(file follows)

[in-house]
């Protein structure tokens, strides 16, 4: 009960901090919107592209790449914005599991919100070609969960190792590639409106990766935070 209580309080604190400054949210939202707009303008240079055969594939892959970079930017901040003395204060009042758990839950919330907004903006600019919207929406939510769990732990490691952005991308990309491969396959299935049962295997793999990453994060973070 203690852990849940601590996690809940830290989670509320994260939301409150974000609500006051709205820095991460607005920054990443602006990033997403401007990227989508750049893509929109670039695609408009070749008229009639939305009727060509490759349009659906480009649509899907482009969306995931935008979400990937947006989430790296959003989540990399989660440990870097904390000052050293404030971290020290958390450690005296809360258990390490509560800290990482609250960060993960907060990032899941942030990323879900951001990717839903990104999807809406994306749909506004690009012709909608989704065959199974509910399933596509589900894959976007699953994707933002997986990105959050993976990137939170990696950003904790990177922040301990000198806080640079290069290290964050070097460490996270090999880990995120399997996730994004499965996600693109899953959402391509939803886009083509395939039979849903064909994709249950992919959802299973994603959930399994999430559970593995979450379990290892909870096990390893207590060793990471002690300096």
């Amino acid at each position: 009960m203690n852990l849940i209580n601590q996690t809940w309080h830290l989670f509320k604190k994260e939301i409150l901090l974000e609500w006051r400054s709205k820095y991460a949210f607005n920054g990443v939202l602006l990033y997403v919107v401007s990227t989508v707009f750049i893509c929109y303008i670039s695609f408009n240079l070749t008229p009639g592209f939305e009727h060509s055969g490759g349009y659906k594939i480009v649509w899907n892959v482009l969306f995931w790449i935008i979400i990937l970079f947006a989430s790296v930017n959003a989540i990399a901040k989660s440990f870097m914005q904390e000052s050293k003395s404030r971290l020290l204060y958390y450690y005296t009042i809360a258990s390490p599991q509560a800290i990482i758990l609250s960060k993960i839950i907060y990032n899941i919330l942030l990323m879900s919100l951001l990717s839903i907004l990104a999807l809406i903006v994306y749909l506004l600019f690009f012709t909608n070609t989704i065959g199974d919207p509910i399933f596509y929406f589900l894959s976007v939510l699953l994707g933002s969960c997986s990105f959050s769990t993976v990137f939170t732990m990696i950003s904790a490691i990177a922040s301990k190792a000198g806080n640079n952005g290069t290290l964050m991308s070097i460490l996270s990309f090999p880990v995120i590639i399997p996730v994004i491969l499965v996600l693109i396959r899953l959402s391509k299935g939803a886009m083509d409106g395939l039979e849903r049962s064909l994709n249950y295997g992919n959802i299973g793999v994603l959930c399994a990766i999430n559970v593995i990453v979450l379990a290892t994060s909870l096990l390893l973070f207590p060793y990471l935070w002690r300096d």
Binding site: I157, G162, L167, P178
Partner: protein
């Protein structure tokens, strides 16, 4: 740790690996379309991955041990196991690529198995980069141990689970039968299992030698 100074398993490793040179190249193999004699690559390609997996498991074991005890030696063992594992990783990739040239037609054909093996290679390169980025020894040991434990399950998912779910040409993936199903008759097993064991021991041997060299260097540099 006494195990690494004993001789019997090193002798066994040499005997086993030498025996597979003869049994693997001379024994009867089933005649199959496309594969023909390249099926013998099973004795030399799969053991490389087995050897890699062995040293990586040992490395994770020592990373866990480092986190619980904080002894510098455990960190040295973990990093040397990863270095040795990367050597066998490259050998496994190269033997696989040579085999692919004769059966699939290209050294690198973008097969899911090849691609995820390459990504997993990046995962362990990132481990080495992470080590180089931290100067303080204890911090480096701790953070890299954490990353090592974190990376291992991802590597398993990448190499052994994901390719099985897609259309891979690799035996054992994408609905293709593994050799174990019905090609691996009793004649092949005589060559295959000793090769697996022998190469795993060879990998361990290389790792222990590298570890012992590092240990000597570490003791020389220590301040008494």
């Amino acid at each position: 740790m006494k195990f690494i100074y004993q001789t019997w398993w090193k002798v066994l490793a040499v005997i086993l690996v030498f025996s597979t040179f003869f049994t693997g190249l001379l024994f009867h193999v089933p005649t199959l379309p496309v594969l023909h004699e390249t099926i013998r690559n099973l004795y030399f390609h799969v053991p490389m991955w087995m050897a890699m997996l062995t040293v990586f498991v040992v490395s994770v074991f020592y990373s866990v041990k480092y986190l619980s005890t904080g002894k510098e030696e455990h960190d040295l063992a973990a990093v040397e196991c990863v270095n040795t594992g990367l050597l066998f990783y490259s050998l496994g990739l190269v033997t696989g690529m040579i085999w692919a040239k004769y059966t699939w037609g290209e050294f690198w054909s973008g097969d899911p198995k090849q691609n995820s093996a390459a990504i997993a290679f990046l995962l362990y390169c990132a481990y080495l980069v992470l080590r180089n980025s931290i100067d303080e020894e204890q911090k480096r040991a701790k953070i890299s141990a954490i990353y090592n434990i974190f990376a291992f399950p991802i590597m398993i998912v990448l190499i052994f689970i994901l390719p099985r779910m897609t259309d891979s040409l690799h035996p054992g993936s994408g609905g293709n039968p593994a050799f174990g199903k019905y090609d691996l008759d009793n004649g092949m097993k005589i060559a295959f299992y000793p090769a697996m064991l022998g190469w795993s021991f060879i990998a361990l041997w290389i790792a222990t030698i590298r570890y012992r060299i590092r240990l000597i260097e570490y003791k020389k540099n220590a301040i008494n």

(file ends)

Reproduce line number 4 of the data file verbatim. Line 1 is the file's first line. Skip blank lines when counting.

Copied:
Binding site: I157, G162, L167, P178